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Poll: 58% now approve of Trump impeachment inquiry

The new Washington Post poll shows a 21% increase in support of impeachment. In addition, 49% think the House should vote to remove Trump from office.

Fifty-eight percent of Americans now support the House's impeachment inquiry of President Donald Trump, according to a new Washington Post - Schar School poll released Tuesday, and nearly half now say the House should vote on his removal from office.

The support of impeachment proceedings is up 21% from a similar poll in July.

Asked if Congress should have started the inquiry, 58% of respondents in Tuesday's results agreed, with 43% saying they believed so "strongly." Thirty-eight percent said it should not have started it, with 29% believing it "strongly."

The Post reports that support for the inquiry has risen 25 points among Democrats, 21 points among Republicans and 20 points among independents since the July poll.

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In addition, 49% overall say the House should call for Trump to be removed from office.

The impeachment inquiry began two weeks ago after a whistleblower complaint led to the revelation of a July 25 phone call between Trump and Ukranian president Volodymyr Zelenskiy in which Trump asked Zelenskiy to look into former Vice President Joe Biden -- his potential opponent in the 2020 general election -- and Biden's son, Hunter.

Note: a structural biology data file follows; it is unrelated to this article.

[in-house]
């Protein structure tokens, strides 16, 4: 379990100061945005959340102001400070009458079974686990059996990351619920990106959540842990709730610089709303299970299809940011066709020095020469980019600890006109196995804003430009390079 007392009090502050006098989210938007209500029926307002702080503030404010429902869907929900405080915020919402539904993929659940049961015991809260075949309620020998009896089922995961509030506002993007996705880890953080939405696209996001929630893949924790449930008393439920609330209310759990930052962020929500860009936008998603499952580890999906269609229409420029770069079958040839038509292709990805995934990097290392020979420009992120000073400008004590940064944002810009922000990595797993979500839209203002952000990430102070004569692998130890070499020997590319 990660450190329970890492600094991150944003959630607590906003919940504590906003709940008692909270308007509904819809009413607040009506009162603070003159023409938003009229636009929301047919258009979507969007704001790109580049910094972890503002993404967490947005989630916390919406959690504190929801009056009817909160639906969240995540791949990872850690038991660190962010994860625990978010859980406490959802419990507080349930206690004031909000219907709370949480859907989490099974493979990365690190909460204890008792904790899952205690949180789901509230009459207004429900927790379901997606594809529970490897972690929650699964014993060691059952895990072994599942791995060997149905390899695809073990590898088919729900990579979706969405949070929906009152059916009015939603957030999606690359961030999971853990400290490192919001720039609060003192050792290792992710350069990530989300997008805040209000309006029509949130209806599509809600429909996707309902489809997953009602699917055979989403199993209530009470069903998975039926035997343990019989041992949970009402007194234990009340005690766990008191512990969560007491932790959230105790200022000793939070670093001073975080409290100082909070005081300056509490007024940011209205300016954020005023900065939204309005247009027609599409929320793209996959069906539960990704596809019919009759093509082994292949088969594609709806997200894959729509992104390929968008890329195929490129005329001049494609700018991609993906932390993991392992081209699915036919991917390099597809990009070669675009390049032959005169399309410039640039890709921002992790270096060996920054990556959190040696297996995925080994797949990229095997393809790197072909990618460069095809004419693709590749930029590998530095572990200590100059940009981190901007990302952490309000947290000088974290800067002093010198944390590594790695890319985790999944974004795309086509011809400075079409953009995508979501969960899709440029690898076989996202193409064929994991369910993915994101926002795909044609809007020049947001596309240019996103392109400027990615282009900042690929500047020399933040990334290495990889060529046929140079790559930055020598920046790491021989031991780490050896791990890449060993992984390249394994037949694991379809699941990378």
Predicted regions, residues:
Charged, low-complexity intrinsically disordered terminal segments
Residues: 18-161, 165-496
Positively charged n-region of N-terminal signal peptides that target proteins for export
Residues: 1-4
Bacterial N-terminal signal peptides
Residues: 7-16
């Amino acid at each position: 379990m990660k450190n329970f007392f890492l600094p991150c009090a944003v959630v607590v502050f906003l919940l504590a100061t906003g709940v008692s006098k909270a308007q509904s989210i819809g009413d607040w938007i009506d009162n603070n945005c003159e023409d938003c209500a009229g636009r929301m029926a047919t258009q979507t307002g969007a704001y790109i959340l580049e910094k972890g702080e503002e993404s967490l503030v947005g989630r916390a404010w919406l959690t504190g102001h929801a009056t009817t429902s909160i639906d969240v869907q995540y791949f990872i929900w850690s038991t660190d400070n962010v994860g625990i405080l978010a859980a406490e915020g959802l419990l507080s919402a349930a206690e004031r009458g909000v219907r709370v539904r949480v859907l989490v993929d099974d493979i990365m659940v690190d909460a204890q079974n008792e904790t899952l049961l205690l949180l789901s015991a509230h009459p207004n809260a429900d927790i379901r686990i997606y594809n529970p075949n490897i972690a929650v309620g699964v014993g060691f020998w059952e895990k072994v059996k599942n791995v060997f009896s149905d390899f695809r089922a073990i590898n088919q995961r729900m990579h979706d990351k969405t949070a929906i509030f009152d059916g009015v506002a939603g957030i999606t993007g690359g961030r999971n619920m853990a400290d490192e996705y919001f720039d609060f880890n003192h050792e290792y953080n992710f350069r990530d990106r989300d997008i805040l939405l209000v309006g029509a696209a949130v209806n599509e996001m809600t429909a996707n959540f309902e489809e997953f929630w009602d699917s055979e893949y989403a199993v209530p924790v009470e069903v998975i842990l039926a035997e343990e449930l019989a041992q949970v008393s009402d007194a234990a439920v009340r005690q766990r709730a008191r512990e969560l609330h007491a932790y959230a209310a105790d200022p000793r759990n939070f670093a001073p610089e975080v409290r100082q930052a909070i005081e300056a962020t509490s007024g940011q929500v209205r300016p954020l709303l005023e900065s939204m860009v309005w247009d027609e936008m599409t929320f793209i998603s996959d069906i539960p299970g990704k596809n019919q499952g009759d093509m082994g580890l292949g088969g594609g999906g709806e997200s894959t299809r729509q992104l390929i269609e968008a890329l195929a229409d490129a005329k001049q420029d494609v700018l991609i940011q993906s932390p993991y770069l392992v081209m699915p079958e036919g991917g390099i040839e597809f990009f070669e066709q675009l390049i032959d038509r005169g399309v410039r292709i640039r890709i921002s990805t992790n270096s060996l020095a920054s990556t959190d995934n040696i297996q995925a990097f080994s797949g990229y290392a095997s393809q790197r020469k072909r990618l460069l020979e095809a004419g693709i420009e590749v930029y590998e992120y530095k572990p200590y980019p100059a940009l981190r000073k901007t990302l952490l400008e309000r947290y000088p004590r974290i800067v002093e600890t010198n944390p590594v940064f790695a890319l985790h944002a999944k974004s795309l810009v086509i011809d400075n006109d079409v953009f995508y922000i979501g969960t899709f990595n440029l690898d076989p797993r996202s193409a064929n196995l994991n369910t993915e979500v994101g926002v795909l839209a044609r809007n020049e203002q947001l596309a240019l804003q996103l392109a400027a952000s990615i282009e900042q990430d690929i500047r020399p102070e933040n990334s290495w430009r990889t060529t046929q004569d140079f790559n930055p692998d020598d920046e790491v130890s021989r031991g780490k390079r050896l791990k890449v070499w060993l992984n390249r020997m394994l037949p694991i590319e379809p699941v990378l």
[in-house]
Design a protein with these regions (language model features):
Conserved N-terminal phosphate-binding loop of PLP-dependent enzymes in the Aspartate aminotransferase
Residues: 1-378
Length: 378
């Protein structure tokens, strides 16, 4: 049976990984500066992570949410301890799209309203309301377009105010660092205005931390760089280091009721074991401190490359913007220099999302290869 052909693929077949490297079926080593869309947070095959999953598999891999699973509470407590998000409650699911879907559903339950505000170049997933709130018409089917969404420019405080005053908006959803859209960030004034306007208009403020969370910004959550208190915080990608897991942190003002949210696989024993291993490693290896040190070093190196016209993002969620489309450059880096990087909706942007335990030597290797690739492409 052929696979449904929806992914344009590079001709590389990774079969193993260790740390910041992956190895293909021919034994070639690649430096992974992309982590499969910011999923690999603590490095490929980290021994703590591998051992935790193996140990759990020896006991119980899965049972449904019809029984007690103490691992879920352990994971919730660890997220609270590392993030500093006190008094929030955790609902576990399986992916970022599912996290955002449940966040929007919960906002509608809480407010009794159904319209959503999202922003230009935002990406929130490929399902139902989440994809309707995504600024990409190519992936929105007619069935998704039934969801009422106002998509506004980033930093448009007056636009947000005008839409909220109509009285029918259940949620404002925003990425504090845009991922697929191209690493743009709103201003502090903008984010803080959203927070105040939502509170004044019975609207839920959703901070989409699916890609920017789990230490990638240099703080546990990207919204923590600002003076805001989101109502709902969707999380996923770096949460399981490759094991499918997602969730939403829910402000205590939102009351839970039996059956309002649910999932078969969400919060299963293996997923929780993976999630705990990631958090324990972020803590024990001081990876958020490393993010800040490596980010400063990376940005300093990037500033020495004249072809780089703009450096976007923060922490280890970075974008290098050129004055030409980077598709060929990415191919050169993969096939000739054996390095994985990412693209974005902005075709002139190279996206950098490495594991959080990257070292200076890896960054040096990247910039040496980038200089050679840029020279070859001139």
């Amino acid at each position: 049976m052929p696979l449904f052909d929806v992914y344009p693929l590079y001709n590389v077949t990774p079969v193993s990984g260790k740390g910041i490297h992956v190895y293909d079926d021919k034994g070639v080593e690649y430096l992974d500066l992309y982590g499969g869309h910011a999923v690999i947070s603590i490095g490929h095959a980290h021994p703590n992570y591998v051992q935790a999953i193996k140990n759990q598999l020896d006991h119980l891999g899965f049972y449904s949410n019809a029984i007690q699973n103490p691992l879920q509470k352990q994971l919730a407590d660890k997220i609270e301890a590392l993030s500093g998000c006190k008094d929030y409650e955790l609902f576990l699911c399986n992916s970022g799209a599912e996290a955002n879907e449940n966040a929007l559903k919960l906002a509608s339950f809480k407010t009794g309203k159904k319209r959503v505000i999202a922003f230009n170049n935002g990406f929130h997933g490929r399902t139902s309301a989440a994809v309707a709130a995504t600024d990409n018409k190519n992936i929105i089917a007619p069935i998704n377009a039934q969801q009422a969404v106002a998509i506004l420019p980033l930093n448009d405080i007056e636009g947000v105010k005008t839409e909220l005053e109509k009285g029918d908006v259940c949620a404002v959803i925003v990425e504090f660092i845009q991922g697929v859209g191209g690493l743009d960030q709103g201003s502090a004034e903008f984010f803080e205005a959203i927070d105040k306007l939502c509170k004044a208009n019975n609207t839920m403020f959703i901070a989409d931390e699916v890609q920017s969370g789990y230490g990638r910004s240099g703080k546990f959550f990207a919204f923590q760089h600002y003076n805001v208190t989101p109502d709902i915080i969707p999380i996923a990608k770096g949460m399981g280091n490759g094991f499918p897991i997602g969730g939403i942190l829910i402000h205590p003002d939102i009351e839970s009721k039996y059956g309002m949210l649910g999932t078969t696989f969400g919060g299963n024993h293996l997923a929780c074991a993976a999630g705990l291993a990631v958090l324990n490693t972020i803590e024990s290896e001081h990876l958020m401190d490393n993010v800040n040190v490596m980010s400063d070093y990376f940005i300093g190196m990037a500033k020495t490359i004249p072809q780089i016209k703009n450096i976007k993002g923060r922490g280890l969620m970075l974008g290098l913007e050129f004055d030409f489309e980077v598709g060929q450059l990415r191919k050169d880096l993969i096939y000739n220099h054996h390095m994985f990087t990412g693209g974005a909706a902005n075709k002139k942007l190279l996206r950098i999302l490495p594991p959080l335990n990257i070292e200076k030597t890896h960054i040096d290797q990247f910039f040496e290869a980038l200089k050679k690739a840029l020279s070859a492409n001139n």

Sixty-two percent of those polled said it wasn't appropriate for Trump to make that request while 32% said it was.

Sixty percent said they do not think Trump upholds adequate standards for ethics in government, but 35% say he does. By comparison, 47% said Joe Biden would uphold those standards if he were president while 38% said he would not.

Other findings of the poll:

  • Americans are fairly split on how Democrats are handling the impeachment inquiry: 49% approve, 44% disapprove.
  • Republicans get a 33% approval rating of their handling of the probe while 56% disapprove.
  • 61% say Democrats are making a necessary stand against Trump's actions while 35% say that's not the case.
  • 53% say Democrats are acting to uphold their Constitutional duties. 42% disagree.
  • 50% say this is distracting Congress from more important issues compared to 46% who say it isn't.
  • 41% say Democrats are overreacting. 55% say they aren't.

Self-described independents made up the largest number of those polled (44%). They were followed by Democrats (30%) and Republicans (25%).

The Schar School of Policy and Government is located at George Mason University.